WCPO To Air Documentary About Cincinnati Who Concert Tragedy on 40th Anniversary

'The Who: The Night That Changed Rock' — airing Dec. 3 — features interviews with The Who's Pete Townshend and Roger Daltrey, as well as survivors and family and friends of the 11 fans who died that night in 1979

click to enlarge Pete Townshend in WCPO's 'The Who: The Night That Changed Rock' - Screenshot
Screenshot
Pete Townshend in WCPO's 'The Who: The Night That Changed Rock'
WCPO has announced that its documentary The Who: The Night That Changed Rock — about the 1979 Rock concert at Riverfront Coliseum that left 11 area fans dead — will air on the 40th anniversary of the tragedy.

The film features interviews with The Who's Pete Townshend and Roger Daltrey, as well as survivors and family and friends of the 11 fans who died that night in the crush to get into the venue before the concert.

The Who: The Night That Changed Rock is scheduled to air on WCPO at 8 p.m on Dec. 3, 40 years to the day after the horrific events.

The Who posted an announcement about the WCPO original special on its website. The post says it is Townshend and Daltrey's "very first long-form television interview about what happened 40 years ago when 11 people died outside Riverfront Coliseum in Cincinnati, Ohio."

WCPO's Tanya O'Rourke created and hosts the documentary. She grew up in Finneytown, where three of the 11 people who died at the concert also lived.

"Along the way, (O'Rourke) and the WCPO team discovered the long-term effect the tragedy had on concerts across the country as well as on the individuals who survived the incident and the family members of those who did not," a press release for the special says.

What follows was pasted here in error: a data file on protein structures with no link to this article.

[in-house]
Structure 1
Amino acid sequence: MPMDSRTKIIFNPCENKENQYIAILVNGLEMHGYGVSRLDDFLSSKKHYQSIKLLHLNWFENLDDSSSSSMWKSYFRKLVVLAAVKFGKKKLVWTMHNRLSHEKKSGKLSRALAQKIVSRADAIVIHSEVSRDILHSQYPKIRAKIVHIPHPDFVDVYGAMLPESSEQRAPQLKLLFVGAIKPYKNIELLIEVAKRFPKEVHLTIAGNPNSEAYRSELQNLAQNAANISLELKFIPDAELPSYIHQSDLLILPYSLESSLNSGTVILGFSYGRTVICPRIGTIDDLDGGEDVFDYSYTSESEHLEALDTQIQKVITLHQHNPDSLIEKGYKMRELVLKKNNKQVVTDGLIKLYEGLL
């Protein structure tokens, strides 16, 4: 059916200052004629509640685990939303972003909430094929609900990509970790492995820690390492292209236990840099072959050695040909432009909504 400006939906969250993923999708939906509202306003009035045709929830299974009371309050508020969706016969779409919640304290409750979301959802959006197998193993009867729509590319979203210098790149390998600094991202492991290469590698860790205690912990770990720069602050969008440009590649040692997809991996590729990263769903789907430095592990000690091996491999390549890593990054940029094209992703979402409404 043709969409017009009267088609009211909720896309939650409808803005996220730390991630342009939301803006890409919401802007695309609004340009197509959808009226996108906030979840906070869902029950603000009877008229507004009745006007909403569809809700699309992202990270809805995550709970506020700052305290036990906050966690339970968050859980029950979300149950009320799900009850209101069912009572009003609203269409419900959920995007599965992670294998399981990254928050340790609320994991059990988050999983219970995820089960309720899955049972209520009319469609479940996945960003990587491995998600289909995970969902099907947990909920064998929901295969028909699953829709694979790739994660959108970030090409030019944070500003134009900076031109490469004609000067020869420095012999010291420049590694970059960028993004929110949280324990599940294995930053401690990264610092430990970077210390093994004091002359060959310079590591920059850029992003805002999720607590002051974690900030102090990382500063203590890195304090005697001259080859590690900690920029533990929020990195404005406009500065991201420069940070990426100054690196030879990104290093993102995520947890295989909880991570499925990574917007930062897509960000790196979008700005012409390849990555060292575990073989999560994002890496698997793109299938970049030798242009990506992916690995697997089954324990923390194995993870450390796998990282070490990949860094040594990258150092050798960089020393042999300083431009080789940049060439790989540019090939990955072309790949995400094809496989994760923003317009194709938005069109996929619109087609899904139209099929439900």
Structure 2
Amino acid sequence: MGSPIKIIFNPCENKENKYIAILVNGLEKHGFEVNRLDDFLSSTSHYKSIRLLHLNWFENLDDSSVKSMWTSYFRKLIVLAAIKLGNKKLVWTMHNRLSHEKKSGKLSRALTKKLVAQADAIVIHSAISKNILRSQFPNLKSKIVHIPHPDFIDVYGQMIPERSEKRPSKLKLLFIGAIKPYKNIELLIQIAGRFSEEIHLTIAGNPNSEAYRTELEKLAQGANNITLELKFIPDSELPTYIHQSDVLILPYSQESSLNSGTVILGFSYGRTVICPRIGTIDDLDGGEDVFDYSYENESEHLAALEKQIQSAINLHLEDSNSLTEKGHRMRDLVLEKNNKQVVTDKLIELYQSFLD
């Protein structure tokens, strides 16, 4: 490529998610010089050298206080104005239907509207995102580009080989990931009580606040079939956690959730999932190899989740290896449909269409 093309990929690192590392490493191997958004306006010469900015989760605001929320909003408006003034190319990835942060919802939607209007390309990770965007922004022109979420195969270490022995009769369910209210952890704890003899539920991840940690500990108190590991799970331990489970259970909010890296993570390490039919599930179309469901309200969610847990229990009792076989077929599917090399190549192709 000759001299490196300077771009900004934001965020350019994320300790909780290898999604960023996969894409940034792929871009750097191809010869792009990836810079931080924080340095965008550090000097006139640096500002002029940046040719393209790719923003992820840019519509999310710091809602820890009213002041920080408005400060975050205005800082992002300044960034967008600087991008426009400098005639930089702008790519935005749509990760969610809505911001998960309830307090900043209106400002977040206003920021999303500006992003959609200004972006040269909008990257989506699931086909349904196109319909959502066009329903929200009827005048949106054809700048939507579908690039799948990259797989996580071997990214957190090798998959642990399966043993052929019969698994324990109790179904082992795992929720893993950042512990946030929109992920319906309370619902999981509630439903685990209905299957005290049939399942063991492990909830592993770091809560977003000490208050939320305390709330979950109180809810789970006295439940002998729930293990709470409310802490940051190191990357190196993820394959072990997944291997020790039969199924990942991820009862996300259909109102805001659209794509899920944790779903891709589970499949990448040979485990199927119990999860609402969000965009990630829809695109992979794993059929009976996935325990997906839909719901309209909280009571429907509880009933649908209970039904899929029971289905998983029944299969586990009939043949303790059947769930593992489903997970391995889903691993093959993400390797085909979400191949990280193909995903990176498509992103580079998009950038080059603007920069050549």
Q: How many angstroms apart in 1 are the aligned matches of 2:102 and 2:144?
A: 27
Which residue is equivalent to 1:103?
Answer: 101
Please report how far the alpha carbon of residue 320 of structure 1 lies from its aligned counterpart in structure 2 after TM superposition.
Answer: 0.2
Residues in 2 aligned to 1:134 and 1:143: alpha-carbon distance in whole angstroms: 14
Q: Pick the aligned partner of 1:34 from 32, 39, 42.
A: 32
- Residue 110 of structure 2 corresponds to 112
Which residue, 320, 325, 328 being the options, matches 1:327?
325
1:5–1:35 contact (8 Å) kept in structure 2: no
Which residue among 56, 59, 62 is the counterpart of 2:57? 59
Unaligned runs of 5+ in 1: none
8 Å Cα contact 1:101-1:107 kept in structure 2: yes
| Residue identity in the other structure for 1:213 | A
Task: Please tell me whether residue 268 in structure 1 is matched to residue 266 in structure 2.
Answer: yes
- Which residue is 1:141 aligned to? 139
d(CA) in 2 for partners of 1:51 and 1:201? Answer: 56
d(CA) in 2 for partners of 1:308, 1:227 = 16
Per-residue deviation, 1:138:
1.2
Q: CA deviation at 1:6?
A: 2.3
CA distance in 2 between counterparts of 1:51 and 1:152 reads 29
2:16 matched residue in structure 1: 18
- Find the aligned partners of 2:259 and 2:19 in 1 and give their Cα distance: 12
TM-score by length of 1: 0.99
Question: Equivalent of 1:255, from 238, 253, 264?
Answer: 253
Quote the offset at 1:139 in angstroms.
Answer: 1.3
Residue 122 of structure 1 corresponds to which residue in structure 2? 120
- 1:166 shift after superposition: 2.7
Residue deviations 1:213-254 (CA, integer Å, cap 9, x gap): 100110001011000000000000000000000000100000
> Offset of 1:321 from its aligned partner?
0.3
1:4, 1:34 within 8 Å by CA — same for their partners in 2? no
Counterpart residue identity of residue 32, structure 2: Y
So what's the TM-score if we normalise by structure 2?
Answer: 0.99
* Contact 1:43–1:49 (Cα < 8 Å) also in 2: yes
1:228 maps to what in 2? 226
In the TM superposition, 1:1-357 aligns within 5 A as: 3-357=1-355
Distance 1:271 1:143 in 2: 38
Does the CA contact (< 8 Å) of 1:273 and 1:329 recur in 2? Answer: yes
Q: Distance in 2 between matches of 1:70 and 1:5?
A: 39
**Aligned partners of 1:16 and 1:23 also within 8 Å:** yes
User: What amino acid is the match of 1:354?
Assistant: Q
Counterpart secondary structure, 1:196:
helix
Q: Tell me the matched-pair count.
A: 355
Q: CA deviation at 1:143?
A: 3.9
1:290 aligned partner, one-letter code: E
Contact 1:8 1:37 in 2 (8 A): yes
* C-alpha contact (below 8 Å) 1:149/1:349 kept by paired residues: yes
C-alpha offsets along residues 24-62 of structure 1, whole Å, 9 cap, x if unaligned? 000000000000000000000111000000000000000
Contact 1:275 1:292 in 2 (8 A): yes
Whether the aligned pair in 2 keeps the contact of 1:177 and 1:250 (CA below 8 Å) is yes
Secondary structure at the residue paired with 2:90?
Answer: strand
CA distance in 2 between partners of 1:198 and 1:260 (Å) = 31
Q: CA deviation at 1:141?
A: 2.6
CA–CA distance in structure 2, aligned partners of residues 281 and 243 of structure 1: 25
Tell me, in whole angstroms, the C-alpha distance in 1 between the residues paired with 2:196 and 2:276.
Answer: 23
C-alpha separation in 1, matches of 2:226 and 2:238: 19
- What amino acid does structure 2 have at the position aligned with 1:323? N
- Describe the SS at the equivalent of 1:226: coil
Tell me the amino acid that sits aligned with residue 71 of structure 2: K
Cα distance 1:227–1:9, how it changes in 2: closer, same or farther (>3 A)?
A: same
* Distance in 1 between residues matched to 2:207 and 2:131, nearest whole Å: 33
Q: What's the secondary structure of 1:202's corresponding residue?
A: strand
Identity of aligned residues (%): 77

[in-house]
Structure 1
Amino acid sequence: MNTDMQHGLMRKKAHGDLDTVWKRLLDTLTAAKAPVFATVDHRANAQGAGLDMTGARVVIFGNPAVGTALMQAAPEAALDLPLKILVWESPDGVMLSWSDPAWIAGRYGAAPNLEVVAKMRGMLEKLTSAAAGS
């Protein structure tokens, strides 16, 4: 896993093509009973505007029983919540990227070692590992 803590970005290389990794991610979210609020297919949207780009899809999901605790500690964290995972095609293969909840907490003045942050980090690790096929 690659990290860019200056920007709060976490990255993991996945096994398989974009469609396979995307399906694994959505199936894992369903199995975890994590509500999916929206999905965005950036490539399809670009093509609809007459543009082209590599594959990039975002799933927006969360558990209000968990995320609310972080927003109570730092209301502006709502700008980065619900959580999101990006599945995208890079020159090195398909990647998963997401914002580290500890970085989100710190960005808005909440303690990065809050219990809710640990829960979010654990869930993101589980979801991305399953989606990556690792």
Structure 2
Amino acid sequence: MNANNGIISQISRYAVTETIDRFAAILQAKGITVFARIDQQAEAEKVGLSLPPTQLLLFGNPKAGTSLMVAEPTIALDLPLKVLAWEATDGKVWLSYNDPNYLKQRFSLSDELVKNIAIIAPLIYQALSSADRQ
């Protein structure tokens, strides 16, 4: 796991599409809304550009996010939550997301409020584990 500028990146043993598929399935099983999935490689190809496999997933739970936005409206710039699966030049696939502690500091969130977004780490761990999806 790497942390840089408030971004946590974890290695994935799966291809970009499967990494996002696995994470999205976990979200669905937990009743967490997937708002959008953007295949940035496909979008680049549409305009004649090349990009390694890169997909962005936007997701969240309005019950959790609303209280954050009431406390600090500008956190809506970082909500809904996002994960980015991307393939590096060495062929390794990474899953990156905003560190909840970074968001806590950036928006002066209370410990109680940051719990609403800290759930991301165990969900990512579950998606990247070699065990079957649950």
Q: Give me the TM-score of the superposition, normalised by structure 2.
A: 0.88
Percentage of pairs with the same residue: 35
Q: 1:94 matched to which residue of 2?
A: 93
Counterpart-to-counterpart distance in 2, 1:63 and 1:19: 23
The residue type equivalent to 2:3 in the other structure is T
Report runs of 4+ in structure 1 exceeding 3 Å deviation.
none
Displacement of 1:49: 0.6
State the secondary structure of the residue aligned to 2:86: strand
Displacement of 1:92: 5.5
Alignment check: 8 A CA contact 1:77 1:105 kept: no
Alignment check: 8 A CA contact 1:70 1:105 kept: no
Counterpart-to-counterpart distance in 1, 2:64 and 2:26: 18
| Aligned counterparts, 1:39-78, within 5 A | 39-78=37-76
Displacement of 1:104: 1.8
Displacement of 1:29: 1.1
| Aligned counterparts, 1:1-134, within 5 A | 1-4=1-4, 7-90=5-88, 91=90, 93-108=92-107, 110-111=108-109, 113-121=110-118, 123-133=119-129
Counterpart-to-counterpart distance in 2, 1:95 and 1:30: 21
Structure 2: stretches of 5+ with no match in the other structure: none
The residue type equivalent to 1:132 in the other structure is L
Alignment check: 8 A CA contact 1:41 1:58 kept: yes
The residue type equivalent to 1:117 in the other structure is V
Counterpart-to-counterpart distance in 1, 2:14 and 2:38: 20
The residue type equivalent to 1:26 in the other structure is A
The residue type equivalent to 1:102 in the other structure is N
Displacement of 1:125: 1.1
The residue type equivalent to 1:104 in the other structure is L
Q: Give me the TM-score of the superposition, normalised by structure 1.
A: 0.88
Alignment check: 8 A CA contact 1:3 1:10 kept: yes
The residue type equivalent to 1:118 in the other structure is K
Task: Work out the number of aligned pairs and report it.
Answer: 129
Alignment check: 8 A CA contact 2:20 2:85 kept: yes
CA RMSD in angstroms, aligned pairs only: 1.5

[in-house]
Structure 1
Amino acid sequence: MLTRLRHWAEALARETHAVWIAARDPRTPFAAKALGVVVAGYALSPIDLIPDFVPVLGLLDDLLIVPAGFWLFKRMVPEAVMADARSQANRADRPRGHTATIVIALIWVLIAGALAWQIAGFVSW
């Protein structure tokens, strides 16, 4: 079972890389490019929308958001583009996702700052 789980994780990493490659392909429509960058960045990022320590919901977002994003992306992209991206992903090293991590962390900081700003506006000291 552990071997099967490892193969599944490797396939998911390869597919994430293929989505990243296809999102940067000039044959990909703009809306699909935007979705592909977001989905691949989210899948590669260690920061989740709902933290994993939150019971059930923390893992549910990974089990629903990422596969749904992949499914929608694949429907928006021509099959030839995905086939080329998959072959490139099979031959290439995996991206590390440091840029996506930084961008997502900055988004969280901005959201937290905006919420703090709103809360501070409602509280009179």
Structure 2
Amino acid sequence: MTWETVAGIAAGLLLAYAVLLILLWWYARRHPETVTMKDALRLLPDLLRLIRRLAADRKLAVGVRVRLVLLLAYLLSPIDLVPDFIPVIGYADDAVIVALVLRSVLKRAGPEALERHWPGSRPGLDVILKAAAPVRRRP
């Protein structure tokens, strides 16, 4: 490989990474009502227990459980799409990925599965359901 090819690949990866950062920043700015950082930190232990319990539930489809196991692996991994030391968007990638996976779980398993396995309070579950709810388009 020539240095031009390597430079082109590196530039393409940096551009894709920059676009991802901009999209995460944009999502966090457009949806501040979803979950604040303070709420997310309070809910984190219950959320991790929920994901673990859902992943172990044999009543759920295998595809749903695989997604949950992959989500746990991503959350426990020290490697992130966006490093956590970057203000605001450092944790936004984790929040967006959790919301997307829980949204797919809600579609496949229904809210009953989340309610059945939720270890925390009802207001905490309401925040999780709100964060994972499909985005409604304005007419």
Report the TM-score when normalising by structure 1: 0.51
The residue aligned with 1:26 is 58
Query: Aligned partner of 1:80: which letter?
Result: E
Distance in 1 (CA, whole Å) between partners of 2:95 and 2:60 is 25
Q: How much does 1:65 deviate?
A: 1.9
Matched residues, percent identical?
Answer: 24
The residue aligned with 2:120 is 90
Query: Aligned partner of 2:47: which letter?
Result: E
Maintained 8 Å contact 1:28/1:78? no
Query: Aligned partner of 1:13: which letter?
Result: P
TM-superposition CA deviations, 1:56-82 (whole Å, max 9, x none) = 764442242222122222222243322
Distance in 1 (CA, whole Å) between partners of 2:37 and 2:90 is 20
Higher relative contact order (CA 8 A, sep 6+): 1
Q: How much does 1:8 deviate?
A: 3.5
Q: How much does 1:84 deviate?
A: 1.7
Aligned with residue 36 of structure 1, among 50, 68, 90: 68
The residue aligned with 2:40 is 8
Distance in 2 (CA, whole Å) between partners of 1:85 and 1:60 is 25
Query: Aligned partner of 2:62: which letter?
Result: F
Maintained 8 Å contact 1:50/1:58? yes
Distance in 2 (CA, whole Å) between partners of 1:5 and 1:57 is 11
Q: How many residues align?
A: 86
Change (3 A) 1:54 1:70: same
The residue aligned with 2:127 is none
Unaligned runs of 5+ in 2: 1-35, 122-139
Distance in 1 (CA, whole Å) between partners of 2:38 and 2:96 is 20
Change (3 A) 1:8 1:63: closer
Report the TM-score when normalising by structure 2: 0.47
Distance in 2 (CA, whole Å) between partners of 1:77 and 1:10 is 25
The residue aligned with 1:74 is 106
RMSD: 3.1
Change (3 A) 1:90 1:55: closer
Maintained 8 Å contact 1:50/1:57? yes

Supporters of a memorial scholarship fund in Finneytown called The P.E.M. Memorial — named after Stephan Preston, Jackie Eckerle and Karen Morrison, the three Finneytown High School students killed that night — posted their appreciation for the documentary on the project's Facebook page today. The group says the seeds for the documentary project were planted "many moons ago," and that the special tells the story "of this pivotal event from a first-hand perspective through many different people including survivors from the plaza, a first to the scene medical responder, the families of P.E.M. and more."

"This was not an easy process in any way, shape or form for anyone involved; but, a HUGE THANK YOU must go out to all the participants for placing their trust in The P.E.M. Memorial and Tanya O'Rourke to do this in the right manner and allow their stories to be heard publicly," the post says.

As of Dec. 3 this year, The P.E.M. Memorial will have provided 30 scholarships for Finneytown High School graduating seniors "majoring or minoring in the fields of music and/or the arts." Find out more about the P.E.M. scholarships at pemmemorial.org.

In a clip from the special, Townshend says, "You know, I’m still traumatized by it. It’s a weird thing to have in your autobiography that, you know, 11 kids died at one of your concerts.

"It’s a strange, disturbing, heavy load to carry.”

“That dreadful night of the third of December became one of the worst dreams I’ve had in my life,” Daltrey says in the special.

Out-of-towners can stream the special at WCPO.com at 8 p.m. Tuesday, Dec. 3. On Dec. 4, an expanded version of the special will be available to stream on the WCPO app. Get more info about the ways to watch the special here.




Scroll to read more Music Feature articles
Join the CityBeat Press Club

Local journalism is information. Information is power. And we believe everyone deserves access to accurate independent coverage of their community and state.
Help us keep this coverage going with a one-time donation or an ongoing membership pledge.

Newsletters

Join CityBeat Newsletters

Subscribe now to get the latest news delivered right to your inbox.